A simple guide when & where to use ISO on your camera!
I could write a massive article detailing the effects of gain signal and noise distribution based on sensor type and size or instead I could just give you a cheat sheet and layman’s guide to what ISO should be used where.
Now before we begin, this article assumes a few things, first is that your camera is handheld and NOT on a tripod, the second thing is that you are using a compact camera or DSLR and not a camera phone.
So what is ISO?
ISO stands for International Standards Organisation; they basically certify that a measurement is within a certain tolerance. So what does that mean me to me? Well in photography terms it means two things;
- ISO effects how grainy or noisy your image is.
- How sensitive the camera is to light.
Does my camera have an ISO setting?
Yes, even the most basic camera including iphones and Smartphone’s allow you change the ISO level.
So what ISO should I use?
ISO settings vary from camera to camera, some cameras may only have 2 or 3 settings while some fancy DSLRs(Professional looking cameras with big lenses) may have many settings.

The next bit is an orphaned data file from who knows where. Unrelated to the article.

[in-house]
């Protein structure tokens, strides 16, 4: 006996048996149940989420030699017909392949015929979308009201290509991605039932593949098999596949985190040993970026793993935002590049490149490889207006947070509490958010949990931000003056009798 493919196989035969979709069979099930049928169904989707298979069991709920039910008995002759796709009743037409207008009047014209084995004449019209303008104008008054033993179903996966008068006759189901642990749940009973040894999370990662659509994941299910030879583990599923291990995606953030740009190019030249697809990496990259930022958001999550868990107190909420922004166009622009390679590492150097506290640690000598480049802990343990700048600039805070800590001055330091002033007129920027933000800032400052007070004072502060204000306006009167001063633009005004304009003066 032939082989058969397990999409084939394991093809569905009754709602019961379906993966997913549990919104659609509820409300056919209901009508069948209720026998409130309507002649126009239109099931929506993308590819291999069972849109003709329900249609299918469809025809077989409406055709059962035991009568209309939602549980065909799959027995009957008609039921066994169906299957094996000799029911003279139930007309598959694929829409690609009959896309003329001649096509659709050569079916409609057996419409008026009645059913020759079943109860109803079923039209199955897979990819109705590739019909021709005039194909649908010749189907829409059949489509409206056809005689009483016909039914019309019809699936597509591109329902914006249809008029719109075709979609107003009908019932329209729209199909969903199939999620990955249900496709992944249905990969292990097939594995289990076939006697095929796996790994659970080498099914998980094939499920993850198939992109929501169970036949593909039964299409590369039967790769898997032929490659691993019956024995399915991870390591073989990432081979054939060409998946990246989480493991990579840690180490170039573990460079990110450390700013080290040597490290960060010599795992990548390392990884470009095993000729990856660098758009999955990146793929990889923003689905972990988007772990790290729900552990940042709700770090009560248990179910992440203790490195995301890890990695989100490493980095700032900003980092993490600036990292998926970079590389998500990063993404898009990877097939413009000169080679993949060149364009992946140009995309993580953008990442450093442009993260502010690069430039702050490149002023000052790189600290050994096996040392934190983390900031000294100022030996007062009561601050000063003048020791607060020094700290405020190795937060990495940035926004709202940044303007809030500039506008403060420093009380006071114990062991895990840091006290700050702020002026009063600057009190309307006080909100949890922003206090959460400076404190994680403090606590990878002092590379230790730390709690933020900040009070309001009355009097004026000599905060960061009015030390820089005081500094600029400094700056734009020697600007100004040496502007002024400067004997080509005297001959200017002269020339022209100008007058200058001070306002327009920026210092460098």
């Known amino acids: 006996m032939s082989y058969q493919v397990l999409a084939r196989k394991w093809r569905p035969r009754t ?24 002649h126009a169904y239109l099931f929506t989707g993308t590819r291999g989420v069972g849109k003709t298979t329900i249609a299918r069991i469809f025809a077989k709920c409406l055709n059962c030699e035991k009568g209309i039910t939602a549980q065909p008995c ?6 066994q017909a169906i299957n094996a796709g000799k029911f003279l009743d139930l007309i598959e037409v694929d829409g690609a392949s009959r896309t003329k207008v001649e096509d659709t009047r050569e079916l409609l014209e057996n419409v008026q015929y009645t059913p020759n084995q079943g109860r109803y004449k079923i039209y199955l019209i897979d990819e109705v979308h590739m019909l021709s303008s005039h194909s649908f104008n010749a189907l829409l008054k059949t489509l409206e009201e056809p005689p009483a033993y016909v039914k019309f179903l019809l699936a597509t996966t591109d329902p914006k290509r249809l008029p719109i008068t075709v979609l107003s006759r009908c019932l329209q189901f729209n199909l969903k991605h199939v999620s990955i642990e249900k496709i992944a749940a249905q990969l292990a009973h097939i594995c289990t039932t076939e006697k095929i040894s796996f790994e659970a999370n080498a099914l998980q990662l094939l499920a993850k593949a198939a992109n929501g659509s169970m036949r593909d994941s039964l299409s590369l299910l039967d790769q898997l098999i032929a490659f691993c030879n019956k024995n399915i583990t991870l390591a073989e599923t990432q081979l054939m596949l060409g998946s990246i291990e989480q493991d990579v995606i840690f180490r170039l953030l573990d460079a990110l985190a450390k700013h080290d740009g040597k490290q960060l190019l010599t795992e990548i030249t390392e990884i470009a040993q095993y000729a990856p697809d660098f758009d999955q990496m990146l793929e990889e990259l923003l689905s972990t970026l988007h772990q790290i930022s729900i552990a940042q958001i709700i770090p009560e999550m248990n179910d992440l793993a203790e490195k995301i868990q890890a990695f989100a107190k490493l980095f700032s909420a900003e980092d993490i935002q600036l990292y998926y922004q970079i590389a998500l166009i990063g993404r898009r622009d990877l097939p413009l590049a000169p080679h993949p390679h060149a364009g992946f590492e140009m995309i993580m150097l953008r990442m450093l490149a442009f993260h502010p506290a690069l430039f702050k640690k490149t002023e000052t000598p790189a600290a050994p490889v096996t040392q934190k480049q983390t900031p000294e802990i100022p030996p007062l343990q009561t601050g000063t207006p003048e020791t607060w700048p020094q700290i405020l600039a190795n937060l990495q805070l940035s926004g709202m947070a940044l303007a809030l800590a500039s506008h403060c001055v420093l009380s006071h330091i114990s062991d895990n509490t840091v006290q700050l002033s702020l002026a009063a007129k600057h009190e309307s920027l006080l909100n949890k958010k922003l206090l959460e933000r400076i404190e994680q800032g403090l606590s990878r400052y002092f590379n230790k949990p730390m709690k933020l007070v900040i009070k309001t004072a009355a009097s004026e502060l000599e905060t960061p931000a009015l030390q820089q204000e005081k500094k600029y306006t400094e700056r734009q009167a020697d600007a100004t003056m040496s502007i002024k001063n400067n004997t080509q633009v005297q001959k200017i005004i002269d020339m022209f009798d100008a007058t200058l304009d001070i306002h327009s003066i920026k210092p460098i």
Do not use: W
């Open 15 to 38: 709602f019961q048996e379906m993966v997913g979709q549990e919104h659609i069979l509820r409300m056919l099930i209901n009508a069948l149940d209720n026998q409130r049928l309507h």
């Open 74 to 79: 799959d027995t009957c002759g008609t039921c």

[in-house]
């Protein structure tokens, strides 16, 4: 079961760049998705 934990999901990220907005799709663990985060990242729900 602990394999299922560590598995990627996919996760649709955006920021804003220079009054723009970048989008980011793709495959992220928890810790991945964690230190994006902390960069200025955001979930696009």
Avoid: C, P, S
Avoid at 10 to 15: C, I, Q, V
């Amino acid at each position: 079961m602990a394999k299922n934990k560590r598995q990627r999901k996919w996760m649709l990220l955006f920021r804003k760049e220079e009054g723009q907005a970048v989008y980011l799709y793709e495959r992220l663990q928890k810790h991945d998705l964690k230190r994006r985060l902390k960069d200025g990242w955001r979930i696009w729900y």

Is there a general guide?
Yes most cameras will work from;
Your camera may be able to go higher or lower.
What does this mean?
High ISO: the more sensitive the camera is to light, but the more noise in your image.
Low ISO: the less sensitive the camera is to light, But you have much less noise in your image.
A rough guide to what ISO to select
100 ISO /200 ISO = outside on a sunny day
400 ISO Outside on a overcast day/ inside on a sunny day
800 ISO Indoors/churches/gallery/ sunset
1600+ ISO Concerts/indoor sports/ night
While not the be all or end all of ISO this is only intended to a rough guide for someone looking to improve their images, to get a real and in depth understanding I would recommend taking any of the photography courses in Dublin available with Dublin Photography School. From complete beginners to advanced courses we can take you where you want to be with your DSLR photography.